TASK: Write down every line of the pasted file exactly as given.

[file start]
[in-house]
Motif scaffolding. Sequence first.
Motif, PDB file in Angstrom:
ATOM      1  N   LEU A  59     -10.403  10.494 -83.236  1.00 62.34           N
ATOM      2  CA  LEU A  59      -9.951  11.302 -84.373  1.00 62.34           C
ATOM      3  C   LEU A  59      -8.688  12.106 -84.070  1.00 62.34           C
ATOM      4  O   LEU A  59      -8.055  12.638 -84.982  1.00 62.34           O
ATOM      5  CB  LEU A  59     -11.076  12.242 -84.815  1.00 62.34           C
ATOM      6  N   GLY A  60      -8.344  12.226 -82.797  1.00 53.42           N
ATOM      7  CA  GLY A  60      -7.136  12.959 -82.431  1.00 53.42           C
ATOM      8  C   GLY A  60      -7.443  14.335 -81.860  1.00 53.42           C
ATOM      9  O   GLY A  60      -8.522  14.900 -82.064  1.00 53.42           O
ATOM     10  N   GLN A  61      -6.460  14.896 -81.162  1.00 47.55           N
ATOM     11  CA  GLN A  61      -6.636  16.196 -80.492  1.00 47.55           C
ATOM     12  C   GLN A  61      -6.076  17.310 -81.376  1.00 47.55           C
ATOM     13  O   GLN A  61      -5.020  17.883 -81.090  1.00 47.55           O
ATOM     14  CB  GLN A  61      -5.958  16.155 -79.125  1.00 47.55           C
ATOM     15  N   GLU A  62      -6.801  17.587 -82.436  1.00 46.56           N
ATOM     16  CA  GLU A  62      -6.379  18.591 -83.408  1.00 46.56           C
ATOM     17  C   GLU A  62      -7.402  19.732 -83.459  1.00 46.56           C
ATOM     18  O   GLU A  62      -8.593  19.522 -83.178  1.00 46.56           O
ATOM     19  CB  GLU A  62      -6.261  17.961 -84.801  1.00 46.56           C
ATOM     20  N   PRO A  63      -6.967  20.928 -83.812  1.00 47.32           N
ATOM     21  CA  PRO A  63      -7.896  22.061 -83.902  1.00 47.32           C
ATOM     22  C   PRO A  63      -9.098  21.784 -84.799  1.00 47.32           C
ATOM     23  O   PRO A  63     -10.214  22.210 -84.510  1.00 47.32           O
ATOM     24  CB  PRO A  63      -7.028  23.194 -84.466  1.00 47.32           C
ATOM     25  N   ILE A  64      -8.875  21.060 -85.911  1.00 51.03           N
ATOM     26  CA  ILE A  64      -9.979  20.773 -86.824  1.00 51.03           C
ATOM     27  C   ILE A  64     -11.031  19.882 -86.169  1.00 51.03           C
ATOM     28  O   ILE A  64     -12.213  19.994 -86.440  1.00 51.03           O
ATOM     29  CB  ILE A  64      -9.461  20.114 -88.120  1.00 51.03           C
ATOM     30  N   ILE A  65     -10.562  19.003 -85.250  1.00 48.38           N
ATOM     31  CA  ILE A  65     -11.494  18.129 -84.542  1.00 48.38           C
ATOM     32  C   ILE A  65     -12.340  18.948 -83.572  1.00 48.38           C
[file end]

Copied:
[in-house]
Motif scaffolding. Sequence first.
Motif, PDB file in Angstrom:
ATOM      1  N   LEU A  59     -10.403  10.494 -83.236  1.00 62.34           N
ATOM      2  CA  LEU A  59      -9.951  11.302 -84.373  1.00 62.34           C
ATOM      3  C   LEU A  59      -8.688  12.106 -84.070  1.00 62.34           C
ATOM      4  O   LEU A  59      -8.055  12.638 -84.982  1.00 62.34           O
ATOM      5  CB  LEU A  59     -11.076  12.242 -84.815  1.00 62.34           C
ATOM      6  N   GLY A  60      -8.344  12.226 -82.797  1.00 53.42           N
ATOM      7  CA  GLY A  60      -7.136  12.959 -82.431  1.00 53.42           C
ATOM      8  C   GLY A  60      -7.443  14.335 -81.860  1.00 53.42           C
ATOM      9  O   GLY A  60      -8.522  14.900 -82.064  1.00 53.42           O
ATOM     10  N   GLN A  61      -6.460  14.896 -81.162  1.00 47.55           N
ATOM     11  CA  GLN A  61      -6.636  16.196 -80.492  1.00 47.55           C
ATOM     12  C   GLN A  61      -6.076  17.310 -81.376  1.00 47.55           C
ATOM     13  O   GLN A  61      -5.020  17.883 -81.090  1.00 47.55           O
ATOM     14  CB  GLN A  61      -5.958  16.155 -79.125  1.00 47.55           C
ATOM     15  N   GLU A  62      -6.801  17.587 -82.436  1.00 46.56           N
ATOM     16  CA  GLU A  62      -6.379  18.591 -83.408  1.00 46.56           C
ATOM     17  C   GLU A  62      -7.402  19.732 -83.459  1.00 46.56           C
ATOM     18  O   GLU A  62      -8.593  19.522 -83.178  1.00 46.56           O
ATOM     19  CB  GLU A  62      -6.261  17.961 -84.801  1.00 46.56           C
ATOM     20  N   PRO A  63      -6.967  20.928 -83.812  1.00 47.32           N
ATOM     21  CA  PRO A  63      -7.896  22.061 -83.902  1.00 47.32           C
ATOM     22  C   PRO A  63      -9.098  21.784 -84.799  1.00 47.32           C
ATOM     23  O   PRO A  63     -10.214  22.210 -84.510  1.00 47.32           O
ATOM     24  CB  PRO A  63      -7.028  23.194 -84.466  1.00 47.32           C
ATOM     25  N   ILE A  64      -8.875  21.060 -85.911  1.00 51.03           N
ATOM     26  CA  ILE A  64      -9.979  20.773 -86.824  1.00 51.03           C
ATOM     27  C   ILE A  64     -11.031  19.882 -86.169  1.00 51.03           C
ATOM     28  O   ILE A  64     -12.213  19.994 -86.440  1.00 51.03           O
ATOM     29  CB  ILE A  64      -9.461  20.114 -88.120  1.00 51.03           C
ATOM     30  N   ILE A  65     -10.562  19.003 -85.250  1.00 48.38           N
ATOM     31  CA  ILE A  65     -11.494  18.129 -84.542  1.00 48.38           C
ATOM     32  C   ILE A  65     -12.340  18.948 -83.572  1.00 48.38           C